Understanding Family and Medical Leave Policies in California

by | Apr 8, 2024 | Discrimination, General Issues, Wage & Hour

Attorney holding a book titled FMLA Family and Medical Leave Act.


In the diverse and dynamic employment landscape of California, being well-versed in your entitlements and obligations regarding family and medical leave is not just beneficial—it’s essential. This knowledge not only empowers employees to advocate for themselves effectively but also equips employers with the tools to navigate the complexities of labor law, thereby cultivating a culture of respect and mutual understanding.

The objective of this blog is to break down the intricate web of leave policies that govern employment in California, encompassing sick leave and family leave. These policies are designed to protect employees during times of need— however, despite their significance, these rights and protections can often leave many unsure of their entitlements. Stay tuned for part 2 of this series, where we discuss disability accommodations and how to navigate common issues associated with leave policies.

Overview of California Laws

The Legal Landscape

In the legal landscape of California, the framework governing leave policies stands as a testament to the state’s progressive approach towards employee rights, setting a benchmark that often surpasses federal standards. At the core of California’s commitment to safeguarding workers’ well-being and rights are several key pieces of legislation that collectively ensure a comprehensive protection network for employees. Notably, the California Family Rights Act (CFRA) and the Fair Employment and Housing Act (FEHA) serve as foundational pillars in this legal structure, providing robust rights that extend beyond those offered at the federal level.

The CFRA allows eligible employees to take up to 12 weeks of unpaid, job-protected leave within a 12-month period for reasons such as the birth of a child, adoption, foster care placement, or the serious health condition of the employee or a family member. This aligns with, yet in certain respects, expands upon the federal Family and Medical Leave Act (FMLA), offering protections that cater more specifically to the needs of California’s diverse workforce. Similarly, the FEHA plays a crucial role in ensuring accommodations for employees with disabilities, mandating that employers engage in a timely, good faith interactive process to determine effective accommodations. This act underscores the state’s proactive stance in promoting inclusivity and equal opportunities within the workplace.

By intertwining these statutes with additional regulations, such as those governing sick leave and pregnancy disability leave, California crafts a legal framework that not only protects employees during their most vulnerable moments but also champions a culture of respect and dignity in employment. Through these comprehensive leave policies, the state affirms its dedication to upholding the rights of workers, ensuring that they receive fair treatment and the necessary support to balance their professional and personal responsibilities.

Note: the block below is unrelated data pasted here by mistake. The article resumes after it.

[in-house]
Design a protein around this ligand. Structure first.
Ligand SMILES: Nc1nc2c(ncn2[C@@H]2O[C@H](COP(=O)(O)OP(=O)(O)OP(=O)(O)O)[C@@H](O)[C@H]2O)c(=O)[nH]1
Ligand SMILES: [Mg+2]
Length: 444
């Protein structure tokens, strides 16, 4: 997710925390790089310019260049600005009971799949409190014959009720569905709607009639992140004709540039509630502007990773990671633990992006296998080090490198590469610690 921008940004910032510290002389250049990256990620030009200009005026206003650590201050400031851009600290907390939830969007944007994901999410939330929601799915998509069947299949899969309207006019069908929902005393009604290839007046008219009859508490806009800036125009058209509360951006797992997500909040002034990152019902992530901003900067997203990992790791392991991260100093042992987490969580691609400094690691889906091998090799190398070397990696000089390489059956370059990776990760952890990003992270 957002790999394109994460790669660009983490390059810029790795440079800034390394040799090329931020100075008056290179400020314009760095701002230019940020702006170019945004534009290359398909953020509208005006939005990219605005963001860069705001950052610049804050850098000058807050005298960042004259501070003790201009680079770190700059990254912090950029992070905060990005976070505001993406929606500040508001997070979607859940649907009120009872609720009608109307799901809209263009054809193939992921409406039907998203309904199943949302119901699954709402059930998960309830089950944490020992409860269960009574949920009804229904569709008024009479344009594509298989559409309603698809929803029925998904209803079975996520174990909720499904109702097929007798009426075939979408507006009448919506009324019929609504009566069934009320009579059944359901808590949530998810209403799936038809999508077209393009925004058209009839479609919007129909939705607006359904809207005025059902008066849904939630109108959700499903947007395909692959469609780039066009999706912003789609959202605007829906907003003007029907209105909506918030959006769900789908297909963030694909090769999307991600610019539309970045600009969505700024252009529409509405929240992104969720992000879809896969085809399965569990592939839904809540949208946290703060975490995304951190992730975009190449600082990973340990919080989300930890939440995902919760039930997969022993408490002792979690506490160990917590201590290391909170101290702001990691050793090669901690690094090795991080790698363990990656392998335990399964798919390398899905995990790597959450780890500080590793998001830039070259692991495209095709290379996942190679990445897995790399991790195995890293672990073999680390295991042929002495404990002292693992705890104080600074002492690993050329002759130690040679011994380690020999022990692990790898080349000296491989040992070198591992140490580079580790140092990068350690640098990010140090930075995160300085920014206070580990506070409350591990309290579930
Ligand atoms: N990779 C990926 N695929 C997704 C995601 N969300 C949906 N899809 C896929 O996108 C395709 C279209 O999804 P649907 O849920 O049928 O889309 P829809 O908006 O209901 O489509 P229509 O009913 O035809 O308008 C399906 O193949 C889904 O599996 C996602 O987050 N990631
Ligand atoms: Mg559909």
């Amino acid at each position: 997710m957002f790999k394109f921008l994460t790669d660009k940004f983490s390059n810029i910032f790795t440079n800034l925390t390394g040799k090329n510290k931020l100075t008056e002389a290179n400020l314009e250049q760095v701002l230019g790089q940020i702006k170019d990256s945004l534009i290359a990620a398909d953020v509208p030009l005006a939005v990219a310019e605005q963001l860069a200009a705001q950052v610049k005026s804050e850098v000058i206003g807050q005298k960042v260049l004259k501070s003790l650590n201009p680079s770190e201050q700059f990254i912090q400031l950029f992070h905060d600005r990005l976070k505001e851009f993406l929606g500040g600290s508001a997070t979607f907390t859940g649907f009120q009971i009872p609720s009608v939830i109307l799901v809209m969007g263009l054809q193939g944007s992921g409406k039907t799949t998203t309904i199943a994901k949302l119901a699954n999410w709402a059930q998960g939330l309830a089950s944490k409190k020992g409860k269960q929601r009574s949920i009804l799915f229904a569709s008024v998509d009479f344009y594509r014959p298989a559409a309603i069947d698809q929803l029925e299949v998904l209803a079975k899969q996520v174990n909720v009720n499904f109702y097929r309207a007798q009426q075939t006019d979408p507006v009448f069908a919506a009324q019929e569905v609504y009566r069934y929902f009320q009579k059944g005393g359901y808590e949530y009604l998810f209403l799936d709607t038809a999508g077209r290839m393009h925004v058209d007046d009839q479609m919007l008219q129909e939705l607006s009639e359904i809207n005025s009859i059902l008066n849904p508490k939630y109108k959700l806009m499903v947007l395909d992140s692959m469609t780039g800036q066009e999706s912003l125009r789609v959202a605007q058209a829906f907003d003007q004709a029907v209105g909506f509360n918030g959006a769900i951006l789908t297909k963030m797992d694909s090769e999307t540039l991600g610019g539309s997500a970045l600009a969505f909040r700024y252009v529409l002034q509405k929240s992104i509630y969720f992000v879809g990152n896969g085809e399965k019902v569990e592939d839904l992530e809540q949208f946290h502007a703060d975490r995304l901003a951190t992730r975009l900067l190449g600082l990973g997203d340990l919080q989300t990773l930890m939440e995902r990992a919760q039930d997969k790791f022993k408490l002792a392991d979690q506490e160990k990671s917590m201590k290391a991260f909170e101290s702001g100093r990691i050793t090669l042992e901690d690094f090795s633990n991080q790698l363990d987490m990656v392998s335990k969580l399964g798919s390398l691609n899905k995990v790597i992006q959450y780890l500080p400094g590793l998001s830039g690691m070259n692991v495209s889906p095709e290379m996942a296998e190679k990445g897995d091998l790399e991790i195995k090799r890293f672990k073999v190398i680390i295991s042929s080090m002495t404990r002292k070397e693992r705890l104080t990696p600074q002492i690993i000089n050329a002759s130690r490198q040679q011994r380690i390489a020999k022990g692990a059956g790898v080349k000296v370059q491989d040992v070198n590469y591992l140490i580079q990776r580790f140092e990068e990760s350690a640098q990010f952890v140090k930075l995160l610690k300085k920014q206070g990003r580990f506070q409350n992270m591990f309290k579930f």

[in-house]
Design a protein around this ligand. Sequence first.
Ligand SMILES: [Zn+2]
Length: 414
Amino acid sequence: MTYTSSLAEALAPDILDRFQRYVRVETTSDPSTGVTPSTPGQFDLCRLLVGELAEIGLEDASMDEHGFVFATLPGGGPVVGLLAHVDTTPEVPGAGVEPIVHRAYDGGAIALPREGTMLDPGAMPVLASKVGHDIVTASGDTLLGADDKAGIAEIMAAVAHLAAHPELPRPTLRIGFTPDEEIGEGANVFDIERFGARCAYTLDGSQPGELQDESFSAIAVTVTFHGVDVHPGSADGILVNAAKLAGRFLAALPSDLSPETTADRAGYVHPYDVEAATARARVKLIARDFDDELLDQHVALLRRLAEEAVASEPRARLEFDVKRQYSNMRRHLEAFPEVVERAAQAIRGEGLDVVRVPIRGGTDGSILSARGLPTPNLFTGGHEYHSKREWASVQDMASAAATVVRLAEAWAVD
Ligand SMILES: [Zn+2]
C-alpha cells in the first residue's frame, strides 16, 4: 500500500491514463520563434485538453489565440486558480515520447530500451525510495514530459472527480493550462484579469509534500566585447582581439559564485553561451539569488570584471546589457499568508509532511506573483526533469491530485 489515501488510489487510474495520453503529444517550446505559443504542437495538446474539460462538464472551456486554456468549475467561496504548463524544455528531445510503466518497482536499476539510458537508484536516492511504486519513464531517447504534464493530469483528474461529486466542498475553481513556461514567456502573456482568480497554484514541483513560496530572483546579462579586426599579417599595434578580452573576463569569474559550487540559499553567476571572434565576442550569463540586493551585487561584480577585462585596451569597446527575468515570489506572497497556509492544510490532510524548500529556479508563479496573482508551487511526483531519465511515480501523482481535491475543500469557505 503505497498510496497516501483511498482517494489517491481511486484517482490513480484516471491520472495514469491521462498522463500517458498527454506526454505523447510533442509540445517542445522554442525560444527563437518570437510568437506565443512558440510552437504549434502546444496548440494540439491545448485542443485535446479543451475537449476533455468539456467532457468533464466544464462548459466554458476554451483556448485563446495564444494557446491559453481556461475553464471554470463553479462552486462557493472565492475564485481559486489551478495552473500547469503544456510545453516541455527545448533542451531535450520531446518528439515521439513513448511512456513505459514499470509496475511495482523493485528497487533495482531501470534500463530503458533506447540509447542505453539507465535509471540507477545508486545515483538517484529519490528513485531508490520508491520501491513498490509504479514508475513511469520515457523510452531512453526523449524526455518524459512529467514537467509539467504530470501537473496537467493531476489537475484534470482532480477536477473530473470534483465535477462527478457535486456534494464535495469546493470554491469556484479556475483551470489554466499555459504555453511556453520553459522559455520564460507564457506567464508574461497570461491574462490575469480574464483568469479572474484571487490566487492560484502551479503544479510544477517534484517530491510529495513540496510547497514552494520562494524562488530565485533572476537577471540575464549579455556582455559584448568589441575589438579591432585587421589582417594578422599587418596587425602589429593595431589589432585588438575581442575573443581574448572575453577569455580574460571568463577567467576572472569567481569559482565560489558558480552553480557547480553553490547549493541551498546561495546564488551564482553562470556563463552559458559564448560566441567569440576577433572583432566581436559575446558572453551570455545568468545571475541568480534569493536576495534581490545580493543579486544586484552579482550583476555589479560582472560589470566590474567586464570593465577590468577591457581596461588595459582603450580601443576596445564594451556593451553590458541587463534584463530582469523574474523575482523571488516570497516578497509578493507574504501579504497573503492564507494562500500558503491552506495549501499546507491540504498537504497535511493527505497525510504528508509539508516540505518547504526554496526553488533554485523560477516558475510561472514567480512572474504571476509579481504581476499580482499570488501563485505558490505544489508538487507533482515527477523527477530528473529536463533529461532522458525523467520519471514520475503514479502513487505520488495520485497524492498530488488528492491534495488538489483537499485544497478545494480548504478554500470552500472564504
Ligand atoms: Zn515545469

Seek Legal Action

    Legal counsel can help you understand your rights, available options, and advise you on gathering the necessary documents and witnesses to support your claim.

    Since 2001, the attorneys from Rothschild & Alwill, APC have dedicated themselves to workers needing legal assistance. Our experienced labor and employment lawyers can advise you on any potential legal claims. You deserve sound judgment, hard work, skilled representation, and to be treated with dignity during every step of the process.

    Email us or call or office in our Central Valley office in Bakersfield at (661-369-8510) or in Santa Barbara at (805-845-1190) to schedule an initial confidential consultation at no charge. Se habla Español.


    Sick Leave Policies in California


    2.1: Accrual and Use of Sick Leave

    Under the Healthy Workplaces, Healthy Families Act of 2014, California took a significant step towards promoting the health and well-being of its workforce. This legislation mandates that employees accrue sick leave at a minimum rate of one hour for every 30 hours worked. This accrual begins on the first day of employment or on July 1, 2015, for those employed before that date, and employees are eligible to start using their accrued sick leave starting on the 90th day of employment. This framework ensures that employees have access to sick leave to care for themselves or a family member without fear of losing income or employment.

    The Act also includes provisions for the employer to also provide 5 days or 40 hours, whichever is greater, of paid sick leave “up-front” at the beginning of a 12-month period. No accrual or carry over is required. Accrued paid sick leave can carry over to the following year of employment and may be capped at 80 hours or 10 days.